Medical Negligence

Man awarded £100,000 settlement after kidney damage went undiagnosed by GP for seven years resulting in him needing a transplant

Transplant Patient

Matthew Gascoyne

Team Leader & Senior Associate Solicitor

5 min read time

A 59-year-old man from Derbyshire has been awarded damages after his GP wrongly recorded his blood tests as showing ‘no abnormality’ when in fact they indicated he was suffering from a serious kidney condition.

The former factory worker would wait seven years before he was correctly diagnosed, by which time he was suffering from Stage 4 Chronic Kidney Disease and was told he would need a transplant.

The man has now been told he will require care, assistance and possibly another transplant in the years to come.

Medical experts consulted by Hudgell Solicitors, who represented him, said although he was always likely to have ended up with kidney failure, early diagnosis and treatment would have delayed this by up to 27 years.

The man said following the transplant his life has been turned ‘upside down’.

“I’ve had to give up walking the dogs and spending time at the allotment. I always get tired and I’m simply not up to it.

“After the transplant I’ve needed help with things like shopping. I’ve also suffered with severe water infections which have needed treatment and I’ve been hospitalised,” he said.

‘The 2014 tests showed I had advanced kidney failure’

The man went to his GP in 2008 after noticing he had lost a stone in weight for no obvious reason and was concerned as his father had died of bowel cancer.

Blood tests were arranged and his records showed abnormal readings relating to his kidney function. However, his GP recorded the tests as showing no abnormality and no steps were taken to investigate.

Then in 2015, seven years later, he returned to his GP practice to request a liver function test. More blood tests were carried out which revealed the man was suffering from severely impaired kidney function.

“It was a shock. The 2014 tests showed I had advanced kidney failure and stage 4 kidney disease which required dialysis. A year later I was having a transplant. It turned my life upside down,” he said.

A Significant Event Review took place at the practice

Hudgells’ senior solicitor in clinical negligence, Matthew Gascoyne, who specialises in securing compensation for patients who have been misdiagnosed, said:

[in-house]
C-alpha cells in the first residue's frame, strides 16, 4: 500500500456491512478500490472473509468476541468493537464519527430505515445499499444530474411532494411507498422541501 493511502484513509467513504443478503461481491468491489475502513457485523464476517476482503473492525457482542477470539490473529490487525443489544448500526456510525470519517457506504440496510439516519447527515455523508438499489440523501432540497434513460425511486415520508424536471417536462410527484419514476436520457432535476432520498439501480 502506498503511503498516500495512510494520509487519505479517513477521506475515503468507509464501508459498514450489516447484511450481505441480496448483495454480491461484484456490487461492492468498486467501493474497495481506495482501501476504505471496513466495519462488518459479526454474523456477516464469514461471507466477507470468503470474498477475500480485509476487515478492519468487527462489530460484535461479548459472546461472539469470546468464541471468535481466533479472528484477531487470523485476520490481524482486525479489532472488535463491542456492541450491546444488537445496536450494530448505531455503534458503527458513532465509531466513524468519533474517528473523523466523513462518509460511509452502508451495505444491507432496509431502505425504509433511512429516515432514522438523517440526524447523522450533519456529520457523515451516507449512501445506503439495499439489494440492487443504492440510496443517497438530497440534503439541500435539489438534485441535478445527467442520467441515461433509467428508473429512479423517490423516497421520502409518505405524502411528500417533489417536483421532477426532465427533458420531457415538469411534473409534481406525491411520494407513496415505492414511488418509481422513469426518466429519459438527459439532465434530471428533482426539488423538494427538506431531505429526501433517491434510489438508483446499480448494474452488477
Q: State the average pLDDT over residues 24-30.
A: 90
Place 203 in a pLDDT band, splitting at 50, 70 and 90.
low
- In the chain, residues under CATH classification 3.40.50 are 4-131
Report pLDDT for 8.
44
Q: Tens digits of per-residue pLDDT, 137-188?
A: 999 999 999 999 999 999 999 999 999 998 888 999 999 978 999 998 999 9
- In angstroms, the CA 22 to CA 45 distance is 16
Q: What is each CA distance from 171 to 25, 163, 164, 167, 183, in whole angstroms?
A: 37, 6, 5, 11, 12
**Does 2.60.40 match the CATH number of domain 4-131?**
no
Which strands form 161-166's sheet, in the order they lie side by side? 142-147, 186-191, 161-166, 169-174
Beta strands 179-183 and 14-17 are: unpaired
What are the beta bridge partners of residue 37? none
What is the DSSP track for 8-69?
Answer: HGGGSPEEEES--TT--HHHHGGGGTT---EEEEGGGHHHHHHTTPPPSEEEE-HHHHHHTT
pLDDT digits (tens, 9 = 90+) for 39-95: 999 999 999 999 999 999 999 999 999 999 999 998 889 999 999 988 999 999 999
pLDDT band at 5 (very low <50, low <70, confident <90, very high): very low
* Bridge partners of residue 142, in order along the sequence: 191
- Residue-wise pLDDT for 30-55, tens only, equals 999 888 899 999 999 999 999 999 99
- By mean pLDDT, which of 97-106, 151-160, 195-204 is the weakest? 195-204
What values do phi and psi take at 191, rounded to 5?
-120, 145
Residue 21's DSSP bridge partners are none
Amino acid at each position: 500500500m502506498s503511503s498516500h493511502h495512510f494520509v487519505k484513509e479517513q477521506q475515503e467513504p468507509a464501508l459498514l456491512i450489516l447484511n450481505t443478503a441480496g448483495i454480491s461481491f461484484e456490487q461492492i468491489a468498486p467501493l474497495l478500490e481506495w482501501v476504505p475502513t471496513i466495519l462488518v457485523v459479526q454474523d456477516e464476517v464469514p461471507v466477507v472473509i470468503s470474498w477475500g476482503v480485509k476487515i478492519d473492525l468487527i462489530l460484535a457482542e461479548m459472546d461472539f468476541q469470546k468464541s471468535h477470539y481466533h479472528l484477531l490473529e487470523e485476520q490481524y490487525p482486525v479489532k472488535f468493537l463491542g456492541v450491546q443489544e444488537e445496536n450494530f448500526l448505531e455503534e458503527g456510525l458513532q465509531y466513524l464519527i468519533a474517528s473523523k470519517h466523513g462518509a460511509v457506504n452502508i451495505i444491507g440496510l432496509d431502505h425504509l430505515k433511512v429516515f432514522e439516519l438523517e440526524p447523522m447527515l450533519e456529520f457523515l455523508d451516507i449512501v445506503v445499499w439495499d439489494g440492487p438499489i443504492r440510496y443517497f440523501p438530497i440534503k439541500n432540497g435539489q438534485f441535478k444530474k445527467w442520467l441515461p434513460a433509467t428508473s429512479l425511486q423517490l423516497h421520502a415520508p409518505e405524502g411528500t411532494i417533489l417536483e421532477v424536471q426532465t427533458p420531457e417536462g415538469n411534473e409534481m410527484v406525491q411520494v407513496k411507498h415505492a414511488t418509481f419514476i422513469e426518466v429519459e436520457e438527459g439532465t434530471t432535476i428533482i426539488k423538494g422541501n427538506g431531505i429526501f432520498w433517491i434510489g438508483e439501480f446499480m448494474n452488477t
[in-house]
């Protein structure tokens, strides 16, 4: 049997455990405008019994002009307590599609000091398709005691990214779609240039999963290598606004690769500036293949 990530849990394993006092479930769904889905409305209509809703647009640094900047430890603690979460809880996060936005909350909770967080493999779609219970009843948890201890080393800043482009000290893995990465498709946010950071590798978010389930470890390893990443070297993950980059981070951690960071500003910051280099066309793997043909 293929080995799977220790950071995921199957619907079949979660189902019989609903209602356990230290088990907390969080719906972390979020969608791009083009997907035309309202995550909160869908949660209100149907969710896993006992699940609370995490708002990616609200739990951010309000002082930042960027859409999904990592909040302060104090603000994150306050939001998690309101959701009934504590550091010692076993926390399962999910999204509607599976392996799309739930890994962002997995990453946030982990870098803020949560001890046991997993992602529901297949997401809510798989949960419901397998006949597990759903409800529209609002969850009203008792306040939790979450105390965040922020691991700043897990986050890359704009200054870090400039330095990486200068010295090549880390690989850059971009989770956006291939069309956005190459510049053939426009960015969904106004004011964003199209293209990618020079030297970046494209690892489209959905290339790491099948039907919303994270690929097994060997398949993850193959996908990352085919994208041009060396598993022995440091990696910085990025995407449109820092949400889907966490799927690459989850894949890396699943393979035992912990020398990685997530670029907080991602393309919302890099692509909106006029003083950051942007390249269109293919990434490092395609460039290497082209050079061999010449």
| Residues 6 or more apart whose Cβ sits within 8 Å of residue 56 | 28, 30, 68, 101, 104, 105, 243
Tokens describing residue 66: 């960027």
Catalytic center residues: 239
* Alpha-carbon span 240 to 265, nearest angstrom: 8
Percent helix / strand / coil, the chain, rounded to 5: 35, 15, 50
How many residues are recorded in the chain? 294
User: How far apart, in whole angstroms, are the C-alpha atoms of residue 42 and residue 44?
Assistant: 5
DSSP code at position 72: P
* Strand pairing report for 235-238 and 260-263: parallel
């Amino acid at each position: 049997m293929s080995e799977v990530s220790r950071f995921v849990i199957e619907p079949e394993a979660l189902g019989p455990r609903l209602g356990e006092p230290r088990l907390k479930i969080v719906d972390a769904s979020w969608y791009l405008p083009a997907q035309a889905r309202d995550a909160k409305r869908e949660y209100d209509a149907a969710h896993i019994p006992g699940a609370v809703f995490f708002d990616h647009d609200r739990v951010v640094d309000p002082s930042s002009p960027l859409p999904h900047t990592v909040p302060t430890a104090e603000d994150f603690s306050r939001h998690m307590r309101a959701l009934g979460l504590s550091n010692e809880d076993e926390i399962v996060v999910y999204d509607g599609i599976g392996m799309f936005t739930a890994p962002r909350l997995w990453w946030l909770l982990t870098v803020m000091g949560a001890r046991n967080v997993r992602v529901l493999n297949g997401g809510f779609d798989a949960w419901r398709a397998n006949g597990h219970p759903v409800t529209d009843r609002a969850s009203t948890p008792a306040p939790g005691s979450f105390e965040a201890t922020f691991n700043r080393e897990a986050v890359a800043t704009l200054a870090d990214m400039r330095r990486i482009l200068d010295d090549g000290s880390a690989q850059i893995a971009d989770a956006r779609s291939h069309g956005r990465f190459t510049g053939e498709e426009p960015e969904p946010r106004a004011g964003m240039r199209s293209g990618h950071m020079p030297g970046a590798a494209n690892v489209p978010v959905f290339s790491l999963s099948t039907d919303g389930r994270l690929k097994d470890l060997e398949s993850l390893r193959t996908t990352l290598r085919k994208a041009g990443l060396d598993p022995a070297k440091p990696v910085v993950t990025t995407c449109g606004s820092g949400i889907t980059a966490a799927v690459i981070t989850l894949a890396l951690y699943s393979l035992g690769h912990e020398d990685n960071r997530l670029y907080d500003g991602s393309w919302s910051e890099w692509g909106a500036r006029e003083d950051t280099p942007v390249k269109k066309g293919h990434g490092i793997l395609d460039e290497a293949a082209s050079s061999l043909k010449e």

“Our client’s impaired kidney function should have been diagnosed in 2008 and if it had been, he would have been advised to start medication and make lifestyle changes that would have slowed the rate of his deterioration.

“Although my client was always likely to have ended up with kidney failure, early diagnosis and treatment would have delayed this until between 2030 and 2042, rather than by 2015.”

The case was settled out of court with the GP admitting liability and damages of £100,000 were awarded.

Surgery records show a Significant Event Review took place at the practice in 2015 and this led to an audit of its management of blood test results.

‘The failings fall below the standard of the profession of general practitioners’

The review concluded that patients who had undergone kidney function tests and had low readings “are missing out on regular monitoring which could potentially lead to a repeat of the case from 2008.”

The review was later discussed with all clinicians in the practice and “awareness had been raised” and “their practice had been changed as a direct result of this case,” the records state.

It also concluded that a new computer management system “should mean that this situation is very unlikely to be repeated.”

After undergoing a kidney transplant in 2017, our client initially made a good recovery but has since suffered several infections.

“Now I’ve been told that this kidney could fail in four to five years’ time and I will have to go back on the transplant waiting list. It’s hanging over me, I’ll probably have to have dialysis, but there’s nothing I can do about it,” he said.

The clinical negligence claim alleged there was a failure by the GP to correctly identify that the results were not normal and as a result there was a clear failure to identify that our client was already suffering from moderate renal function.

Mr Gascoyne also alleged there was further negligence in not identifying the need to refer the man to a kidney disease specialist for further investigation and to notify the patient of his abnormal blood count.

“Overall, the above failings fall below the standard of the profession of general practitioners,” said Mr Gascoyne.

“It has been a pleasure to represent my client and to give him the answers that he has been seeking for all these years as to why he ended up needing a transplant when an earlier diagnosis could have prevented the need for one, or for dialysis, for up to 27 years.

“Due to the GP’s failure to interpret and react to the results my client received no treatment or further tests to protect or slow down the reduced kidney function resulting in severe reduced kidney function earlier than ought to have occurred.”

No matter how high the standards of care and treatment in our health services, things can sometimes go wrong. Medical negligence occurs if you receive substandard treatment by a medical professional, whether that’s directly causing an injury, or making an injury or condition worse.

Medical negligence can also happen if you are misdiagnosed, receive the wrong treatment, or a mistake is made during surgery.

We understand that no amount of medical negligence compensation can change what you’ve been through, but it can help to relieve financial pressures caused, such as by medical bills or the loss of earnings, helping you to move forward with your life.

You can begin by contacting us via our claim form and selecting Medical Negligence as the type of claim.

Read more: Medical and Clinical Negligence

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